pause and reflection

emma byrnes, jing wei bu
Photographs by  Emma Byrnes
emma byrnes, jing wei bu
emma byrnes, jing wei bu
Jing Wei Bu in her home studio. Photographs by  Emma Byrnes

Jing Wei Bu in her home studio. Photographs by Emma Byrnes

Sometimes all you need is a suite of fresh images to demonstrate what it is you do, who you are or why you do it!

Chinese-born Adelaide-based visual artist Jing Wei Bu was in such a position. Jing Wei herself takes lovely photographs but she needed an outsider to capture the everyday atmosphere in her home studio.

So she booked in a morning session and we had a delightful time. In amongst flurried bouts of activity and creativity she carved out quiet pauses for us to reflect on our progress with Chinese tea ceremonies and conversation. 

If you require some extra images for your website/social media profiles don’t hesitate to get in touch.
We could enjoy a version of Jing Wei’s “pause and reflection” in your working environment.

fair share fare

emma byrnes, fair share fare, jen rae
emma byrnes, fair share fare, jen rae
emma byrnes, jen rae, fair share fare
emma byrnes, fair share fare, jen rae
emma byrnes, jen rae, refuge
emma byrnes, fair share fare, jen rae
emma byrnes, fair share fare, jen rae
emma byrnes, fair share fare, jen rae
emma byrnes, jen rae, fair share fare
emma byrnes photographer melbourne
emma byrnes, emma byrnesjen rae, fair share fare
Photographs by  Emma Byrnes

Photographs by Emma Byrnes

Amongst many other ambitious projects, Canadian Métis (Indigenous)/Australian artist-researcher, Jen Rae has established Fair Share Fare - a collaborative, multi-platform art project focused on future food security in a time of climate change. And for the second year running I have had the great pleasure of documenting REFUGE at Arts House for Jen.  

REFUGE is now in year three of a five-year project that examines potential climate-related disasters and traces how we might collectively respond. It explores the role of artists and cultural institutions in times of climate catastrophe…extreme heat, rising sea levels, forced migration, increased spread of diseases, social unrest, extinctions.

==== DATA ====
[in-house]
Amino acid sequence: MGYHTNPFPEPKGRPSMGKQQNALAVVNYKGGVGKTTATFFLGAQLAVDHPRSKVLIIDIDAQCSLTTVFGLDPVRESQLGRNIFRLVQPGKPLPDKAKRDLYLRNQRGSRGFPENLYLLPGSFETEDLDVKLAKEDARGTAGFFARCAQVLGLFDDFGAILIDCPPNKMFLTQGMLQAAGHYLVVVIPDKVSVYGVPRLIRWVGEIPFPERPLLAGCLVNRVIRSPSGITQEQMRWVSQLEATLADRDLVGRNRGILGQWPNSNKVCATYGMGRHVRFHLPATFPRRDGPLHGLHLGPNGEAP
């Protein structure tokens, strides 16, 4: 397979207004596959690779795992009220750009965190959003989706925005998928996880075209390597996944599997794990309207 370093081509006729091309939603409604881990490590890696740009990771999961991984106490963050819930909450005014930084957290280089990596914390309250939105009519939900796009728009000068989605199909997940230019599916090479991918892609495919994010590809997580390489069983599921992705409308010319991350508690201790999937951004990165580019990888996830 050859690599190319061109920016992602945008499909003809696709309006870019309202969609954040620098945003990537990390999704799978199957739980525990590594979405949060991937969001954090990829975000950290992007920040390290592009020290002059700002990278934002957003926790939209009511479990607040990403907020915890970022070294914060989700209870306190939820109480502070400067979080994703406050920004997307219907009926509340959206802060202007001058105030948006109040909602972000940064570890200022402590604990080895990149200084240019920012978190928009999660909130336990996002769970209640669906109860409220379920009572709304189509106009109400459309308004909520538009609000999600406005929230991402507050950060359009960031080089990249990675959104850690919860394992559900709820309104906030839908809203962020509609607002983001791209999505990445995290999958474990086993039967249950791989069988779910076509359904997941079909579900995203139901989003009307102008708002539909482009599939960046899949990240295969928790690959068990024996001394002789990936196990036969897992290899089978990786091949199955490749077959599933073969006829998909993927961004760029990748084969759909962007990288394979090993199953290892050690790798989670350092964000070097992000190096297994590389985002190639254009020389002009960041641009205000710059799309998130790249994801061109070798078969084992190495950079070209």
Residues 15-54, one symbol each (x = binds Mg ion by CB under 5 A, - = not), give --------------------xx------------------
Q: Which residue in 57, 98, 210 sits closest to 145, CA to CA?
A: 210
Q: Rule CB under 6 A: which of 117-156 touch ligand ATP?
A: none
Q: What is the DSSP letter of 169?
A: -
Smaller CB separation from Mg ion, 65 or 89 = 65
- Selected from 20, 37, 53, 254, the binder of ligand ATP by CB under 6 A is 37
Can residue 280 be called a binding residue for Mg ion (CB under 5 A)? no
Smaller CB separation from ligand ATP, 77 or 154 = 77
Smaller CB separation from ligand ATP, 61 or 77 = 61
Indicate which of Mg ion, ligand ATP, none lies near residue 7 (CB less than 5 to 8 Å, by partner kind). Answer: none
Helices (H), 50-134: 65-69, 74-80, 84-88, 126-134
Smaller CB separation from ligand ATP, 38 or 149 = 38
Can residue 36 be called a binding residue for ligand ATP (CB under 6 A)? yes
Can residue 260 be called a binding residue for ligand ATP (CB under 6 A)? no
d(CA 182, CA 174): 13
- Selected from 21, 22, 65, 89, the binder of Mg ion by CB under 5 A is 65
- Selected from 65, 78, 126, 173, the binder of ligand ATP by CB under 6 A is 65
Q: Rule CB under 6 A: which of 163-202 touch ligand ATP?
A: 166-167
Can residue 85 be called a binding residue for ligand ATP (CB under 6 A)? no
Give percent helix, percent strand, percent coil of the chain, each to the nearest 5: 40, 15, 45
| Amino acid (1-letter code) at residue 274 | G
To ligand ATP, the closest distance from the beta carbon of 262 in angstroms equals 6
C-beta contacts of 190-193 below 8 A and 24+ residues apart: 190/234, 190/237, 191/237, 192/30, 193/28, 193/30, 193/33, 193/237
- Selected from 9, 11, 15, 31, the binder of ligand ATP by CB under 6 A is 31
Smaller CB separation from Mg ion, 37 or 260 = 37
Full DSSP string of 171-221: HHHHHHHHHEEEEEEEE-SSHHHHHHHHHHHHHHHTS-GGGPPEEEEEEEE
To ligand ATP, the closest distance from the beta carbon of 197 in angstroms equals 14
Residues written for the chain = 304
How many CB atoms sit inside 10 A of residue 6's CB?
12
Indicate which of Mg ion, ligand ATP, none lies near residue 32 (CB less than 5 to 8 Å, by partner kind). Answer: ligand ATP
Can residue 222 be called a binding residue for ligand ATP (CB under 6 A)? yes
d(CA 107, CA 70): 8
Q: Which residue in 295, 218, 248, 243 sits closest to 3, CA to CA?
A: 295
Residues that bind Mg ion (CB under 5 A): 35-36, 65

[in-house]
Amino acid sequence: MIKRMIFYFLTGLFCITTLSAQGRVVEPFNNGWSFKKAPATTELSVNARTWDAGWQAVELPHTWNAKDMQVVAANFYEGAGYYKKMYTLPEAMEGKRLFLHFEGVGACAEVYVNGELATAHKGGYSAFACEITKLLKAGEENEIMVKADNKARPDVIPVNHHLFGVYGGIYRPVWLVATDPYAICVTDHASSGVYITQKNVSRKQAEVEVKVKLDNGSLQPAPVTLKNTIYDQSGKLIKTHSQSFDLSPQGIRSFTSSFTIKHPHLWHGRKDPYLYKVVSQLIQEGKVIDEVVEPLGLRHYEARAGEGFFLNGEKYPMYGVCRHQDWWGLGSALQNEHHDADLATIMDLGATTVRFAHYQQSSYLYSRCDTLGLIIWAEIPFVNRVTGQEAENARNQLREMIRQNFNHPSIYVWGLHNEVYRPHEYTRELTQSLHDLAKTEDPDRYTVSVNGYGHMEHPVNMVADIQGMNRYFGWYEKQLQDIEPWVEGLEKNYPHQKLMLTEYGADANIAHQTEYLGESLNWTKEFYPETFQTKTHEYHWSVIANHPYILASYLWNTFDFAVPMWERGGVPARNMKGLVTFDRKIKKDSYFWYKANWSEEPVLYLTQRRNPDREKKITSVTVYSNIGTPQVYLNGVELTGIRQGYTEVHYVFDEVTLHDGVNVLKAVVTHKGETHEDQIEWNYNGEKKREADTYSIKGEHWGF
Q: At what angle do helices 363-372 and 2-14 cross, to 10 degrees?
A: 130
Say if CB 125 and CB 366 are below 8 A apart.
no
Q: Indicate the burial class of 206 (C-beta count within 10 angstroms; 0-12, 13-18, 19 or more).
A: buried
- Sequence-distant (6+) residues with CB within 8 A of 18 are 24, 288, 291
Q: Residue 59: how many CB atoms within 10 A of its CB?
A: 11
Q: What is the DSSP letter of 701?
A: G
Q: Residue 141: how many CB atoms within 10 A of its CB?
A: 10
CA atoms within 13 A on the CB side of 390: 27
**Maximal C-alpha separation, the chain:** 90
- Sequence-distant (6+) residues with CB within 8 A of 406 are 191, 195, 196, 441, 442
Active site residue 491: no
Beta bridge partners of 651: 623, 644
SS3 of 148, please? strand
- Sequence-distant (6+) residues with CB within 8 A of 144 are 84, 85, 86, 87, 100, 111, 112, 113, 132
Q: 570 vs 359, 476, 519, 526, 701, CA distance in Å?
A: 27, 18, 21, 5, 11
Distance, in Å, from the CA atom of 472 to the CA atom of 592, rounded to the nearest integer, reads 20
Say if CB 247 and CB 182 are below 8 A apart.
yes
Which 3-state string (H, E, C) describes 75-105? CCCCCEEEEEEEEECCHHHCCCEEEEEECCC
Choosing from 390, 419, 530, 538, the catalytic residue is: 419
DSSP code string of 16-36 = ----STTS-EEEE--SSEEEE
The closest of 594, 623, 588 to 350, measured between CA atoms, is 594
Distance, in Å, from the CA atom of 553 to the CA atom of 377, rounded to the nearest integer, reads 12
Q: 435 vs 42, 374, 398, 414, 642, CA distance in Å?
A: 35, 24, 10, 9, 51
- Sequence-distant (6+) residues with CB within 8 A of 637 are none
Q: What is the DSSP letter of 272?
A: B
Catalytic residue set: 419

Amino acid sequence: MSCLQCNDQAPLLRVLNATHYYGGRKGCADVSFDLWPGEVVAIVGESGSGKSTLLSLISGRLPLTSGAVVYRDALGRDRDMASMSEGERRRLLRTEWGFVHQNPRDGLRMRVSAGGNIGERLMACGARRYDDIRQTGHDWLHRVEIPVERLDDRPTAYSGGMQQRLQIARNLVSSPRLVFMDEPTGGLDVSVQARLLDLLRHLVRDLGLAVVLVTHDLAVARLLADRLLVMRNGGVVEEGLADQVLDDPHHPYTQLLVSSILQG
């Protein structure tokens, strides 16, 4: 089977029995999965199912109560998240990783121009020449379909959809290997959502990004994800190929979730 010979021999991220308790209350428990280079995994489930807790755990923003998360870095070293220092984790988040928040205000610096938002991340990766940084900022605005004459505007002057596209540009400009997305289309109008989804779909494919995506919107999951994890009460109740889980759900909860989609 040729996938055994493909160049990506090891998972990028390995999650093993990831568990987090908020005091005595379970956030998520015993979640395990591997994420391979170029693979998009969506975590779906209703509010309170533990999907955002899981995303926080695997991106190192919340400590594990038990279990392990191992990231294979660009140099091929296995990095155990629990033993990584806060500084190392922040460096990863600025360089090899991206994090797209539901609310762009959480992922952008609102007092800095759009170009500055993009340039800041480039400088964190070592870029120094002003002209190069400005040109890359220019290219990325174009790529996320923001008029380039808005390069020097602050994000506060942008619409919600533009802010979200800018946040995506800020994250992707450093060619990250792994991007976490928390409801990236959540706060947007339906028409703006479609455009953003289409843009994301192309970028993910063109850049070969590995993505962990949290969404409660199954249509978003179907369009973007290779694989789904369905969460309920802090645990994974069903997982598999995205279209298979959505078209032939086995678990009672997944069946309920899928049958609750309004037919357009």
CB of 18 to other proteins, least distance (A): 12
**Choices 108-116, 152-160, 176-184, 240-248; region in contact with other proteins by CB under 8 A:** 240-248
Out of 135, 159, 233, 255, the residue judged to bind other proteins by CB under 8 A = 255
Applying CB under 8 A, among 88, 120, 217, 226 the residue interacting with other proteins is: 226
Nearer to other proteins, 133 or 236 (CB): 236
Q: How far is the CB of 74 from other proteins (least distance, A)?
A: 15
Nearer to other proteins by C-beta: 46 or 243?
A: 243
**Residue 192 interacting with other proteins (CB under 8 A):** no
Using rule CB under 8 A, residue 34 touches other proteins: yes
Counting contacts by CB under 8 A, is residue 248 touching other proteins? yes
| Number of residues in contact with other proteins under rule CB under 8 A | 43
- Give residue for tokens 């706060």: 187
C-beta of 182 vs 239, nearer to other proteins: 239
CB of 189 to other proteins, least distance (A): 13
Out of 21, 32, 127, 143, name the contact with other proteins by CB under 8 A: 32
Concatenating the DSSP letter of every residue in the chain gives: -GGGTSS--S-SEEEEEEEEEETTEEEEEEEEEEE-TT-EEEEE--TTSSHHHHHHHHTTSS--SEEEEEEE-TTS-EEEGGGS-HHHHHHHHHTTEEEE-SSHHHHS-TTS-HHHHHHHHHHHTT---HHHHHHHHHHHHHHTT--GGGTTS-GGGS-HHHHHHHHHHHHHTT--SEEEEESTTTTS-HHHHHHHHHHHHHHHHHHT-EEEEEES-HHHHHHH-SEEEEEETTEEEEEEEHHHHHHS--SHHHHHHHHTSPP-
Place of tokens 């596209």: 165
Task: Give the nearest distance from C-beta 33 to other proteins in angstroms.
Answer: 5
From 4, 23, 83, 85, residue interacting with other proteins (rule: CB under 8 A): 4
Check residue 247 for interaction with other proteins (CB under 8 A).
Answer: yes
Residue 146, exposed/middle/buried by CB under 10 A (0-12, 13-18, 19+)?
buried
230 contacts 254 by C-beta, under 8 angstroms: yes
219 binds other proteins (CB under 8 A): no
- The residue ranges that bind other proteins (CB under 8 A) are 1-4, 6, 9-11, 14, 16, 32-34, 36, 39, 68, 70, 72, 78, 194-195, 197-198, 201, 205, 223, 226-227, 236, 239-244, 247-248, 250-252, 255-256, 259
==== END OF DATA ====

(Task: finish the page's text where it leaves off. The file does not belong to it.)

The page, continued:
In 2018, the theme for REFUGE was PANDEMIC - artists examined a pandemic event and what happens when the risk of contagion mean no public gathering?

In Jen’s project - a horticulturalist, a masseur and a beekeeper each had significant roles to play and she places them in an immersive spa-meets-science-lab-meets-urban-agriculture environment.
In most instances during this documentation process the light was extremely low which for a photographer can be very challenging as light is what we paint with! But I think the limitations allowed for some dramatic images.

For in-depth detail and photographs of the project visit Jen’s website.

capturing the golden moments

emma byrnes, vietnam, hoi an, Vietnamese fisherman
emma byrnes, vietnam, hoi an, Vietnamese fisherman
emma byrnes, vietnam, hoi an, Vietnamese fisherman
emma byrnes, vietnam, hoi an, Vietnamese fisherman
emma byrnes, vietnam, hoi an, Vietnamese fisherman
Photographs by  Emma Byrnes

Photographs by Emma Byrnes

Thanks to Jetstar Australia for featuring a lengthy photo essay and interview on my Vietnamese adventure times in their most recent July issue. It was great reflecting on the special time spent there with my family in 2016 and a reminder that as a photographer it is always worth getting up before the sun rises to capture the golden moments :-)

These images first appeared on my travel blog - Lifestyle Traveller - that I keep with my husband, Peter Barrett.

merging materiality with modernity

emma byrnes, katie stackhouse, melbourne artist
emma byrnes, katie stackhouse, melbourne artist
emma byrnes photographer melbourne, katie stackhouse
emma byrnes, katie stackhouse, melbourne artist
emma byrnes, katie stackhouse, melbourne artist
emma byrnes, katie stackhouse, melbourne artist
emma byrnes, katie stackhouse, melbourne artist
Melbourne artist - Katie Stackhouse (top) and artworks from  Embodied Materialities , 2018 and  Perspicuity , 2018. Photographs by  Emma Byrnes.

Melbourne artist - Katie Stackhouse (top) and artworks from Embodied Materialities, 2018 and Perspicuity, 2018. Photographs by Emma Byrnes.

I have had the pleasure of documenting two of Katie Stackhouses’ exhibitions these past months.
The Melbourne artist’s sculptural works refer to the emerging experiential technologies of virtual reality, and the enquiry as to how these technologies may affect human relationships. Her use of limestone to carve sculptures of what are essentially VR goggles allows her to marry the serenity of the natural environment of her home-base in Warrandyte with the inner-cityscape in her work “Embodied Materialities” at Assembly Point. Following on from that at Rubicon Ari was “Perspicuity” - a work that continued the conversation - combining elements of the past with the present.
I was very happy to hear that Katie was able to use these photographs to communicate her creative work for successful grant applications.
For a blog post about the importance of documentation for artists see here.